Coldest Day of the Year Ride Countdown

We're counting down to our Annual Coldest Day of the Year Ride with a series of #bikewinterviews! Advice from Timna: dress for comfort & warmth and pack a pair of slippers!

On a bracingly cold but sunny Thursday afternoon, we spotted Timna in between a busy day of meetings at CSI Spadina. Having grown up in Winnipeg, winters in Toronto are no big deal for this 365-day cyclist. Here are her top tips on choosing snow-free routes, dressing for comfort, and what to pack in your bag to warm up after riding.

Why do you ride in the winter?

It's the best way to get around! I go a bit more slowly in the winter, but it's still much faster than any other way to get around. Since the TTC is even more packed in the winter months, that's further incentive to keep biking. Using my own power to warm myself up, while getting somewhere at a good clip, is so much better than waiting in the cold for a streetcar that seems to never show up (or is completely full once it does show up)!

Do you adjust your usual routes in the winter?

Only on the more slippery days. Most days in the winter, the roads are actually totally fine to ride on. There are only a handful of days when there is fresh snow or after a thaw-and-freeze, when it's too slippery to take my regular routes (which usually involve side roads). On those few days, I will try to take main roads, as the higher volume of traffic on those roads means that they are less slippery. Slush is your friend as a cyclist, as long as you don't mind getting a little dirty!.

The Bloor Bike Lanes have been a godsend in that regard, as they are so well-maintained, ploughed and salted on those snowier/icier days and also beautifully separated from traffic; I usually try to make my way to Bloor on those days, and I thank my lucky stars we get to keep those bike lanes, while I'm riding safe and happy on them, avoiding the snow, the ice, and cars!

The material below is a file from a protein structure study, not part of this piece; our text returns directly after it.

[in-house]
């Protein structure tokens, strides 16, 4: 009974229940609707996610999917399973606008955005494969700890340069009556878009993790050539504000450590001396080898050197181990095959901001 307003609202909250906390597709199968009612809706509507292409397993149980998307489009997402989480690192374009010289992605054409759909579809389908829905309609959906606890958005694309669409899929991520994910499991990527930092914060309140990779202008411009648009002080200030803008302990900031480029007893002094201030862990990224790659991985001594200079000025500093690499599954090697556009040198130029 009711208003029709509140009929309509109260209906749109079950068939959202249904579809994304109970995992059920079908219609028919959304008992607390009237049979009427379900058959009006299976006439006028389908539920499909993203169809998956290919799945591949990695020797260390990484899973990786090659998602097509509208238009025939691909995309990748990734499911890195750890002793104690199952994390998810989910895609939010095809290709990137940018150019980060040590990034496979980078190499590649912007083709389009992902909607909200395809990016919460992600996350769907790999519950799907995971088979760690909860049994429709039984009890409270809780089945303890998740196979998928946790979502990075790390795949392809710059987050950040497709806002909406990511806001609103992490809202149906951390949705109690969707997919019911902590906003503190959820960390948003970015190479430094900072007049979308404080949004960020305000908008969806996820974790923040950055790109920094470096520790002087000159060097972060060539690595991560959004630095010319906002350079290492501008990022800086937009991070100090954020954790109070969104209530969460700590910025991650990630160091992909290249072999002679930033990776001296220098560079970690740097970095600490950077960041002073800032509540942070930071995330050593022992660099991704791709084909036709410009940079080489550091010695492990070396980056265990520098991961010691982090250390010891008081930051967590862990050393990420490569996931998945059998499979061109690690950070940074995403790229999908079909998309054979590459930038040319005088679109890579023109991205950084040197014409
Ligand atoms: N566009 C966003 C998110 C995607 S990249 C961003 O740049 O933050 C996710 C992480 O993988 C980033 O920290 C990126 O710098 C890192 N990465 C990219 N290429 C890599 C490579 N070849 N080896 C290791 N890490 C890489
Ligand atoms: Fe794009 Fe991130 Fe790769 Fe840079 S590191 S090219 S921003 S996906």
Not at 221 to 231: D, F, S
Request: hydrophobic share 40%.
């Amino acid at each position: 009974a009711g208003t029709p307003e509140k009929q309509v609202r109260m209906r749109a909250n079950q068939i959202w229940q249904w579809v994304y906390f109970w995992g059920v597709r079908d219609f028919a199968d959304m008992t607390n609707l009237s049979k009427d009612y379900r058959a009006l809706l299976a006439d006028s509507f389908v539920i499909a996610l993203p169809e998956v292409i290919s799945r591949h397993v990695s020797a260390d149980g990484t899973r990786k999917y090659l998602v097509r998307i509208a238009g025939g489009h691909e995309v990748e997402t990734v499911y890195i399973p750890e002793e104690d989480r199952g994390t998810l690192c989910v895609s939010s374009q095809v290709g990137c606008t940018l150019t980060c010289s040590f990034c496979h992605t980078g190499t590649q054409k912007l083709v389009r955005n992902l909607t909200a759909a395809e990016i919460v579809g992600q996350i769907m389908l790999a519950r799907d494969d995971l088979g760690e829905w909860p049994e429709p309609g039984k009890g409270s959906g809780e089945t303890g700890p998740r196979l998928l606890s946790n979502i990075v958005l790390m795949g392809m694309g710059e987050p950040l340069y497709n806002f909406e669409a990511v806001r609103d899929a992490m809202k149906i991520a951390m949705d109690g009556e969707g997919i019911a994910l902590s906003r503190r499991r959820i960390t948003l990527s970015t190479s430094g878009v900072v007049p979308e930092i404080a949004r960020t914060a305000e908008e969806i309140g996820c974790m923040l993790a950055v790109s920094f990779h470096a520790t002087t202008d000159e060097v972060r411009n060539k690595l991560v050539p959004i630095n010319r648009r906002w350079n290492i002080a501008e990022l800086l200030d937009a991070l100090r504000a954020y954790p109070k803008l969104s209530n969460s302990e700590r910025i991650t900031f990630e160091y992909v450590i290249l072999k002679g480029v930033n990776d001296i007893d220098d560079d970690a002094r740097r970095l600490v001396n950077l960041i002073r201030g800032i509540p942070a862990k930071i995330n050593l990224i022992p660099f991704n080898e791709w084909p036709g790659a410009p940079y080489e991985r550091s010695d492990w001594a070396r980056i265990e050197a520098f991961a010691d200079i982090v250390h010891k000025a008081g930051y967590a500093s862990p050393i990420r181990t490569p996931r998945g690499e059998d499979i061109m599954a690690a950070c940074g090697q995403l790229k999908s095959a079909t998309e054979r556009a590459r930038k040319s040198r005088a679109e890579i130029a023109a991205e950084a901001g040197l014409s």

How does your riding change when the road conditions are less than ideal?

More traffic and lack of cycling infrastructure on those busy, main roads can mean other hazards, so I take them slowly and carefully, keeping my eyes on the cars around me, who may not be expecting me on the road with them.

What’s one tip you’d share with someone new to winter biking?

Bundle up! I wear long-johns over top of my pants (for easy removal upon arrival at my destination), and I wear ski goggles, with my scarf tucked into them; I don't feel a thing! So, essentially: you need to have NO SHAME in the name of comfort and warmth while you ride. It will make you a happier person. Also, putting some bike lube into your bike lock and, of course, on your chain, helps to avoid annoying freezing during winter-riding. If your bike lock does freeze, you can pour boiling water over it, but do not let it get into your lock (as that can freeze and make it worse); putting the bike lube into the lock is a good way to keep that loose during the winter*. If you need a winter bike tune-up, I would recommend visiting my friends at Curbside Cycle! (That's not a plug, I really do have friends there. And they're great).

*Cycle Toronto note: members get free de-icing and lock-cutting for those times when you just can’t free your bike.

Best spot to warm up after a chilly ride?

Anywhere! Thanks to the slippers I keep in my bag, I can warm up pretty quickly once I arrive at my destination. Biking itself is also a great way to warm up; I usually end up taking off a layer or two near the end of my trip any way! If you find your current winter commute (TTC, walking, driving, etc.) to be too slow and too cold, biking may be the perfect solution for you.



Inspired by Timna's winter biking style? Bring on the long-johns, warm sweaters, and ski goggles and join us February 3 for the Coldest Day of the Year Ride!


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